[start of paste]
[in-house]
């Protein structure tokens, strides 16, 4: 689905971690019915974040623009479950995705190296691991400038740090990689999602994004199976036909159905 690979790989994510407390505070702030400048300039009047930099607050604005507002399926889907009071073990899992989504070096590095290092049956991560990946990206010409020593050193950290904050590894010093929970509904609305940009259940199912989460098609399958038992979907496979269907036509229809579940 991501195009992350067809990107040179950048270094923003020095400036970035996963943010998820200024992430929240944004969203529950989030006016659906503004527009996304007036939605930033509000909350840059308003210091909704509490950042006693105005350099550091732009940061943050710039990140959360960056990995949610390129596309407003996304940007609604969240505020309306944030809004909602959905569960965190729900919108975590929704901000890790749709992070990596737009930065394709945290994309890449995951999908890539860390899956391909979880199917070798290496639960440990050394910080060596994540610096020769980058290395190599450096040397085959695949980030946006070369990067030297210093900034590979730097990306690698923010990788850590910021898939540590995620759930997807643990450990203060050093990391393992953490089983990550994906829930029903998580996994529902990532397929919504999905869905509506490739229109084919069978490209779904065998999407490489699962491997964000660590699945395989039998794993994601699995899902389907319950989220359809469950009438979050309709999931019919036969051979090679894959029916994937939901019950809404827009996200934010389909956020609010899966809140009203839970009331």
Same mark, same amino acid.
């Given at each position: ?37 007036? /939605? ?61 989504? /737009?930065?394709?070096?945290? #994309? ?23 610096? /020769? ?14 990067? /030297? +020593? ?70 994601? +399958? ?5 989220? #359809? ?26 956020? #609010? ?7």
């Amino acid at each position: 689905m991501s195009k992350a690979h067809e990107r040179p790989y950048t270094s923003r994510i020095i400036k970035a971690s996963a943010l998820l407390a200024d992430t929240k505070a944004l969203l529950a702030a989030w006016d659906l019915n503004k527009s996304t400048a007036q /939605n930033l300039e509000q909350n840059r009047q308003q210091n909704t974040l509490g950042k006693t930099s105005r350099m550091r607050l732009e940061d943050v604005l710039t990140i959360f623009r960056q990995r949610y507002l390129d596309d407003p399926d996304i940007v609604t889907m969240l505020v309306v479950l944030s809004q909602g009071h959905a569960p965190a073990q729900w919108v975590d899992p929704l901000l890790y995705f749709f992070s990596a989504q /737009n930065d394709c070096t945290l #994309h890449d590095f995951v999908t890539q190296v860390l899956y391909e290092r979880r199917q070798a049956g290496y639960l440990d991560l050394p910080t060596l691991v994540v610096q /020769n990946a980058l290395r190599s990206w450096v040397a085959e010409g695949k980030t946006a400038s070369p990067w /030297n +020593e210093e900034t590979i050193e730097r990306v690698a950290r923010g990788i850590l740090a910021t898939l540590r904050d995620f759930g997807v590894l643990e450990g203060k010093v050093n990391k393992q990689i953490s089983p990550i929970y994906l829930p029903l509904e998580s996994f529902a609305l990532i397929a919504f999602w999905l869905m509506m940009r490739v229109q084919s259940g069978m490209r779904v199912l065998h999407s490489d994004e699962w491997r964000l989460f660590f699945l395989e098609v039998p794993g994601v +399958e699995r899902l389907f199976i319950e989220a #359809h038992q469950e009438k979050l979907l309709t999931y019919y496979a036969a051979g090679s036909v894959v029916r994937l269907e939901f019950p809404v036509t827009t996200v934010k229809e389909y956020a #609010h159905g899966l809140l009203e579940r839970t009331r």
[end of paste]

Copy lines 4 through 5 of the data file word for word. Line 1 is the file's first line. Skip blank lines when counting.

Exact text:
């Given at each position: ?37 007036? /939605? ?61 989504? /737009?930065?394709?070096?945290? #994309? ?23 610096? /020769? ?14 990067? /030297? +020593? ?70 994601? +399958? ?5 989220? #359809? ?26 956020? #609010? ?7």
């Amino acid at each position: 689905m991501s195009k992350a690979h067809e990107r040179p790989y950048t270094s923003r994510i020095i400036k970035a971690s996963a943010l998820l407390a200024d992430t929240k505070a944004l969203l529950a702030a989030w006016d659906l019915n503004k527009s996304t400048a007036q /939605n930033l300039e509000q909350n840059r009047q308003q210091n909704t974040l509490g950042k006693t930099s105005r350099m550091r607050l732009e940061d943050v604005l710039t990140i959360f623009r960056q990995r949610y507002l390129d596309d407003p399926d996304i940007v609604t889907m969240l505020v309306v479950l944030s809004q909602g009071h959905a569960p965190a073990q729900w919108v975590d899992p929704l901000l890790y995705f749709f992070s990596a989504q /737009n930065d394709c070096t945290l #994309h890449d590095f995951v999908t890539q190296v860390l899956y391909e290092r979880r199917q070798a049956g290496y639960l440990d991560l050394p910080t060596l691991v994540v610096q /020769n990946a980058l290395r190599s990206w450096v040397a085959e010409g695949k980030t946006a400038s070369p990067w /030297n +020593e210093e900034t590979i050193e730097r990306v690698a950290r923010g990788i850590l740090a910021t898939l540590r904050d995620f759930g997807v590894l643990e450990g203060k010093v050093n990391k393992q990689i953490s089983p990550i929970y994906l829930p029903l509904e998580s996994f529902a609305l990532i397929a919504f999602w999905l869905m509506m940009r490739v229109q084919s259940g069978m490209r779904v199912l065998h999407s490489d994004e699962w491997r964000l989460f660590f699945l395989e098609v039998p794993g994601v +399958e699995r899902l389907f199976i319950e989220a #359809h038992q469950e009438k979050l979907l309709t999931y019919y496979a036969a051979g090679s036909v894959v029916r994937l269907e939901f019950p809404v036509t827009t996200v934010k229809e389909y956020a #609010h159905g899966l809140l009203e579940r839970t009331r």